The World Through a Poet’s Eyes is a slim volume of poems exploring the author’s faith in God, as well as myriad other subjects.
In “Faith,” the speaker explains that due to “living my life based on His rule, / I know I can never lose…” “Remembering the You of Our We” explores a lost love, while “Survival” decries another’s attempt to define the speaker (“I see what, over the years, you have tried to prove/about me…”). Other poems touch on the need for self-respect, the push-pull between men and women and even President Obama.
The pieces often seem more like prose divided into stanzas, rather than crafted poetry. They are strongest when the author draws scenes, instead of offering prose-like rumination. “Bullies,” for example, opens with kinetic imagery and uses language musically: “Bullies running through the halls, wreaking havoc on those they meet, / out of control, ready to beat, who they judge to be geeks and freaks.”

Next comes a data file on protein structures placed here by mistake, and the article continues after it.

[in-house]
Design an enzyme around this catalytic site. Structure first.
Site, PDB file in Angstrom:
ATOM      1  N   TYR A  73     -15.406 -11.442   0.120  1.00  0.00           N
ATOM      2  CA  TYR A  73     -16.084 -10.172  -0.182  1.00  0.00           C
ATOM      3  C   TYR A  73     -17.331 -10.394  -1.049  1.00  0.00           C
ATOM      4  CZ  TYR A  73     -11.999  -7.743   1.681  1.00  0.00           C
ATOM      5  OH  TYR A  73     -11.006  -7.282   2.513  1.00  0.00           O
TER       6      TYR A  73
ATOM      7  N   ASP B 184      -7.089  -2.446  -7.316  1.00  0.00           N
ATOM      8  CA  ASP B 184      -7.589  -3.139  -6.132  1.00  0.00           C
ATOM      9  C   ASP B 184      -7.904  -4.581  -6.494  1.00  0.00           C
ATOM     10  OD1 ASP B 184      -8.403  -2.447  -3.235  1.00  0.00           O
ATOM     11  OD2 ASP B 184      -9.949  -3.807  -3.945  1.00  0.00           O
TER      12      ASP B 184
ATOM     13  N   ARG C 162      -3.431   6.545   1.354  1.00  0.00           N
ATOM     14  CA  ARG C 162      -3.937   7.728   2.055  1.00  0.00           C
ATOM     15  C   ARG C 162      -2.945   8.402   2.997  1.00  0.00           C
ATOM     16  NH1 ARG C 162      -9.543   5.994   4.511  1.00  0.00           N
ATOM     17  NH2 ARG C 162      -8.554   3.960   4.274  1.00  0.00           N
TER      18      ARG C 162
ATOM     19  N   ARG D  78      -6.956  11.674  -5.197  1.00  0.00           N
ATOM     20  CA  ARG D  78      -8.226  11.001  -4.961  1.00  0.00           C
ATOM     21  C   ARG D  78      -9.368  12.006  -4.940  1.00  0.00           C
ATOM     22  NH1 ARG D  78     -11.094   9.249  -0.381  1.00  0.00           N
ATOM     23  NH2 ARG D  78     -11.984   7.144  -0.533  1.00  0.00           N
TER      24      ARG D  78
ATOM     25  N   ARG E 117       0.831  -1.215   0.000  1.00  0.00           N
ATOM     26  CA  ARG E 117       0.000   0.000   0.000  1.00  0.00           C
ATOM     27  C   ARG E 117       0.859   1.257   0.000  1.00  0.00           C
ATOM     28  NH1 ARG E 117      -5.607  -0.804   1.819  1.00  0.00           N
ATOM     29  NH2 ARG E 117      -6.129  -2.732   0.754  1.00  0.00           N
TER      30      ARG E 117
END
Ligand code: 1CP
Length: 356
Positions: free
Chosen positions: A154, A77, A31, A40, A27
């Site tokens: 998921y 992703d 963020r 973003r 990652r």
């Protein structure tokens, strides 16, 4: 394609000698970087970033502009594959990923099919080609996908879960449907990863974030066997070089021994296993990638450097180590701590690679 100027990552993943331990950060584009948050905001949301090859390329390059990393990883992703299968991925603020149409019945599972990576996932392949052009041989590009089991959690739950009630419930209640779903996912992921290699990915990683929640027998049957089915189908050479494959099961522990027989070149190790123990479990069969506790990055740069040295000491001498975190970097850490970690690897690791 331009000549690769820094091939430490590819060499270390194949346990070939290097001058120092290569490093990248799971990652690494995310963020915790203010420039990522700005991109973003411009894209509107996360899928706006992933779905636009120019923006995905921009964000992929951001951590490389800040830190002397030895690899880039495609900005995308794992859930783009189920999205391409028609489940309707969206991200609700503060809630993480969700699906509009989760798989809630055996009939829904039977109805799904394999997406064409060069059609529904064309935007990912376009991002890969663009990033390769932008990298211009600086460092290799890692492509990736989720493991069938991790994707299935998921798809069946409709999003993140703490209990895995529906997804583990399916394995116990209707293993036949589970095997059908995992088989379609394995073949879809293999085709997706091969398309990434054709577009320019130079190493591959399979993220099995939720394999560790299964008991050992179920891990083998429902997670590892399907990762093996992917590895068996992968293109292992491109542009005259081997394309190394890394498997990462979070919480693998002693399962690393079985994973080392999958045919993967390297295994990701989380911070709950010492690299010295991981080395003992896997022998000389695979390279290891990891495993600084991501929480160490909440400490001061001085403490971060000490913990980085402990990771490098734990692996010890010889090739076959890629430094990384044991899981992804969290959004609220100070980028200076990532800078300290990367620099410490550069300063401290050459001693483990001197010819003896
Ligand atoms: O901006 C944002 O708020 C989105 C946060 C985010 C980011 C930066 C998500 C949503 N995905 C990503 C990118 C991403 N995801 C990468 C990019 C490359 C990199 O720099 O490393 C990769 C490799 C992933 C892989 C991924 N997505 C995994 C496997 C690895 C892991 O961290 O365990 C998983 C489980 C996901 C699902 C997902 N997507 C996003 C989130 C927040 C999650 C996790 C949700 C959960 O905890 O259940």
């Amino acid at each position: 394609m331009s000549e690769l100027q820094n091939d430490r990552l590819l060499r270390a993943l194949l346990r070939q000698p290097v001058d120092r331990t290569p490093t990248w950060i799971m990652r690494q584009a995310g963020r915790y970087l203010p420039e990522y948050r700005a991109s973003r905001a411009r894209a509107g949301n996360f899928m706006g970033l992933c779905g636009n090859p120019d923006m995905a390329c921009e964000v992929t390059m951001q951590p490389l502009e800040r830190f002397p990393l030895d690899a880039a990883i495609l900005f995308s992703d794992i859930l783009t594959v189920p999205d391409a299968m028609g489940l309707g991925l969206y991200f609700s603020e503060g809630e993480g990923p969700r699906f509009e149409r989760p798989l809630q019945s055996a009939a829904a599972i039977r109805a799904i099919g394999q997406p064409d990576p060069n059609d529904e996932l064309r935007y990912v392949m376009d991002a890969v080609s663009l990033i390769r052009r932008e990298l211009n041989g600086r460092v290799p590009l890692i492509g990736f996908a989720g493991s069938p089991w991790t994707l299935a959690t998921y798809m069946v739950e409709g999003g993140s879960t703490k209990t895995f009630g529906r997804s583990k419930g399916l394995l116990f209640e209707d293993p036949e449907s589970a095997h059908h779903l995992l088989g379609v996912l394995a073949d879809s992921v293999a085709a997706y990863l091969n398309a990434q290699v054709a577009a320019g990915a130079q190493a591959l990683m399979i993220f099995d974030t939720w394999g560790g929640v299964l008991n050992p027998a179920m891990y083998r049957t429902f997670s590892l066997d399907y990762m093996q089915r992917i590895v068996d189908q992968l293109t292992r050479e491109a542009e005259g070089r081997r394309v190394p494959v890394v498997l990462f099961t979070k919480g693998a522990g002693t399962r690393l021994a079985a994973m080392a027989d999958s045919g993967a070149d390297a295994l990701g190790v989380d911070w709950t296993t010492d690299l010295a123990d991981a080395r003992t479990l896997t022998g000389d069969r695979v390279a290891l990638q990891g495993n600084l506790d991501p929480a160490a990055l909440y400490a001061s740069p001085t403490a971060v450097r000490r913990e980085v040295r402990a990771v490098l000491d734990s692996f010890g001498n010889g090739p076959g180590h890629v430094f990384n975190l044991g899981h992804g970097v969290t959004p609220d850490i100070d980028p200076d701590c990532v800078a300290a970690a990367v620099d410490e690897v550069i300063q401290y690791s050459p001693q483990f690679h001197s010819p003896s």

Such moments are too few and far between, however. Too many of the poems collapse into conclusions that feel generic, as in the end of “Rain,” which explains, “Recognizing the usefulness of the storm, I resign / myself to its powers…knowing / nothing grows without the storms…” The poems answer their own implicit questions, leaving no space for readers to dwell in complexity.
Also, Jordan’s writing at the sentence level is often grammatically disorganized, as in “Men vs Women”: “Men telling lies to get the goodies, exposing the depths of their / depravity, until being told of the pregnancy, they created, only then / do they decide the relationship will not survive through time.”
While readers are likely to appreciate the sentiments in the poems, the writing lacks the craft needed to engage an audience throughout. Revision with an eye to vivid detail would greatly improve the work.
Also available as an ebook.